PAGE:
Who Will China Feed?
VOLUME 6 ISSUE 3ECONOMIC RESEARCH SERVICE/USDA
F E A T U R E
AMBER WAVESWilliam Coyle, USDA/ERS
An interview with the authors is featured
online at: www.ers.usda.gov/amberwaves/
F E A T U R E
JUNE 2008In the 1990s, many analysts saw China as a major potential
market for agricultural exports from the United States and other
countries. Lester Brown’s highly publicized 1995 book, Who Will
Feed China? A Wake-Up Call for a Small Planet, predicted that
China would turn to international grain markets to meet the
expanding food demands of its increasingly affluent population.
World Trade Organization (WTO) accession was expected to be a
watershed event that would finally open the Chinese market to
grain and meat imports.
While China has emerged as the world’s leading importer of
soybeans, vegetable oil, cotton, wool, rubber, and animal hides, it
has been surprisingly successful at meeting the basic food needs
of its population of more than 1.3 billion people, and it has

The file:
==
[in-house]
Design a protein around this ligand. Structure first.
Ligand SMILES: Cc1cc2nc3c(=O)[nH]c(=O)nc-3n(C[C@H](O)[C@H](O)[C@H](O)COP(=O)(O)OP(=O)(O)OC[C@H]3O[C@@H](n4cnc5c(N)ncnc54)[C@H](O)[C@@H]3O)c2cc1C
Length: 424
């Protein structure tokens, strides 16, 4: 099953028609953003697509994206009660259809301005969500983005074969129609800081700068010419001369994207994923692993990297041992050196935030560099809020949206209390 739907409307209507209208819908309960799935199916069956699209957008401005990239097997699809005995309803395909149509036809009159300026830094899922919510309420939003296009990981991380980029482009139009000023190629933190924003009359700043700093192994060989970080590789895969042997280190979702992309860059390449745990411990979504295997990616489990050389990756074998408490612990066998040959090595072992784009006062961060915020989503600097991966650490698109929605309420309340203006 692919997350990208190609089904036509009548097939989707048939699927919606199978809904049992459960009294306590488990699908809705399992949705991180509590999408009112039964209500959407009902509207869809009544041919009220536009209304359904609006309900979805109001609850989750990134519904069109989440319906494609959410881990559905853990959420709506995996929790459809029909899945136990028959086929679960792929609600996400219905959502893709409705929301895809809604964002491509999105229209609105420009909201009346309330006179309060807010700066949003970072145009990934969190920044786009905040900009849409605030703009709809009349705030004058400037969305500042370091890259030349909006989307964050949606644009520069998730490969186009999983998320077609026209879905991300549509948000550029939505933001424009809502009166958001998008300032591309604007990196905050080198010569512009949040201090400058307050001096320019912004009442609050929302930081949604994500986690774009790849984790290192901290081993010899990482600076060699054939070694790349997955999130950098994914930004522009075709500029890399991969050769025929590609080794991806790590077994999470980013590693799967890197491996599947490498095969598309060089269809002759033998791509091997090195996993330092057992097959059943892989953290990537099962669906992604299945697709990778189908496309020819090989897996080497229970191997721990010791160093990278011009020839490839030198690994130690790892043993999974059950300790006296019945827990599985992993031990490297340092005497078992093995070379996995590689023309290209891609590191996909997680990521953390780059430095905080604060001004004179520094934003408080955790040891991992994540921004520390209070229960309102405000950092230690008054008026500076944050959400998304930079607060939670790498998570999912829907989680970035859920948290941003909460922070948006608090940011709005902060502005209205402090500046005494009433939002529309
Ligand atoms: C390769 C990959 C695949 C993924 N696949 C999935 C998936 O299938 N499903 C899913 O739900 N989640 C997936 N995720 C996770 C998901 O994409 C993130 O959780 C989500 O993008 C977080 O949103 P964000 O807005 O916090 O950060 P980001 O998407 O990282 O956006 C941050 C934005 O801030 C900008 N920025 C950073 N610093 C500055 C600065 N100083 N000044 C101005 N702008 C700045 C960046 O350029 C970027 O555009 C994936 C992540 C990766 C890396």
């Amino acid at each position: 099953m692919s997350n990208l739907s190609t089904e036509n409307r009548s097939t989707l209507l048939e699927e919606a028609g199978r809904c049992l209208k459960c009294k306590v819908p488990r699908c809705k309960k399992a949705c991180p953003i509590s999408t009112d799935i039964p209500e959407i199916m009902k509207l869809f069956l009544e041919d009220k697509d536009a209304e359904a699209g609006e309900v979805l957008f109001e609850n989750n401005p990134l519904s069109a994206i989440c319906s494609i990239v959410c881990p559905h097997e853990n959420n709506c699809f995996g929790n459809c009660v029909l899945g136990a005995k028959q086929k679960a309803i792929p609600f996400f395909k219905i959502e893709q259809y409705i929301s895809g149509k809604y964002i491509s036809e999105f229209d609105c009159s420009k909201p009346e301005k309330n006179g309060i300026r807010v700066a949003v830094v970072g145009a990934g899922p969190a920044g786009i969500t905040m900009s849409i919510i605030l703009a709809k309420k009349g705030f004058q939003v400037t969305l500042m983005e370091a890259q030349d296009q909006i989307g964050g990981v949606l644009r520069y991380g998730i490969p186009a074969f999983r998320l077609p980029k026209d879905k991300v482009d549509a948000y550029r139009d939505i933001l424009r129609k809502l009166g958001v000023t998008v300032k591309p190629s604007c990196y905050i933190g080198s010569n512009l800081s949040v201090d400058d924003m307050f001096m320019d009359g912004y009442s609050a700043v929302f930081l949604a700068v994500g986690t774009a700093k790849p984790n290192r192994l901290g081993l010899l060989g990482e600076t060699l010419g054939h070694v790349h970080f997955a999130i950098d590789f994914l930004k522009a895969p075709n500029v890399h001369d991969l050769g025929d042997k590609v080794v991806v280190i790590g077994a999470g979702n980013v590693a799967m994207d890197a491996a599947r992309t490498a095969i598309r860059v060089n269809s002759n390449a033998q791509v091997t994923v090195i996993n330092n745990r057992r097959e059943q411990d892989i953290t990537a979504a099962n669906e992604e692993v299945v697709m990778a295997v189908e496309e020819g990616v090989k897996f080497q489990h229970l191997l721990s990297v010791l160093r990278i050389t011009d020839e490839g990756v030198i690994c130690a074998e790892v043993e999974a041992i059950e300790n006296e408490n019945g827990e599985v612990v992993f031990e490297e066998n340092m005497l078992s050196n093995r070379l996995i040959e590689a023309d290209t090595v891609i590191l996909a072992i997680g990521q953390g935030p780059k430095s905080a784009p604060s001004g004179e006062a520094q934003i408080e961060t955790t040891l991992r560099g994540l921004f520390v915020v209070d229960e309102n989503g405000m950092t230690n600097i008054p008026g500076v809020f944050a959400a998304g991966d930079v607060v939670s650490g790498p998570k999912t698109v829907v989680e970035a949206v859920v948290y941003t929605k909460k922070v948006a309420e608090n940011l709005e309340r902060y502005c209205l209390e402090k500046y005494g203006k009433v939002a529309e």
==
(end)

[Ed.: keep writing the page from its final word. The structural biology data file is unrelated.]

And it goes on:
stepped up as a major food exporter. How long can China sustain
China imports only small amounts of premium-grade rice,
minor amounts of wheat in most years, and no corn. China has
maintained agricultural self-sufficiency in grains as it carries out
the world’s largest and fastest urbanization and industrialization.
Economic development is increasing competition for scarce
resources in China, but growing incomes are allowing most con-
sumers to increase consumption of fruit, vegetables, and
China has become a significant food exporter by ramping up
production in many sectors and gaining world market share.
Indeed, China has been a net food exporter for most of the last
three decades. China dominates world markets in a variety of
products areas, including garlic, apples, apple juice, mandarin
oranges, farm-raised fish and shrimp, and vegetables. At times, it
seems that China has suspended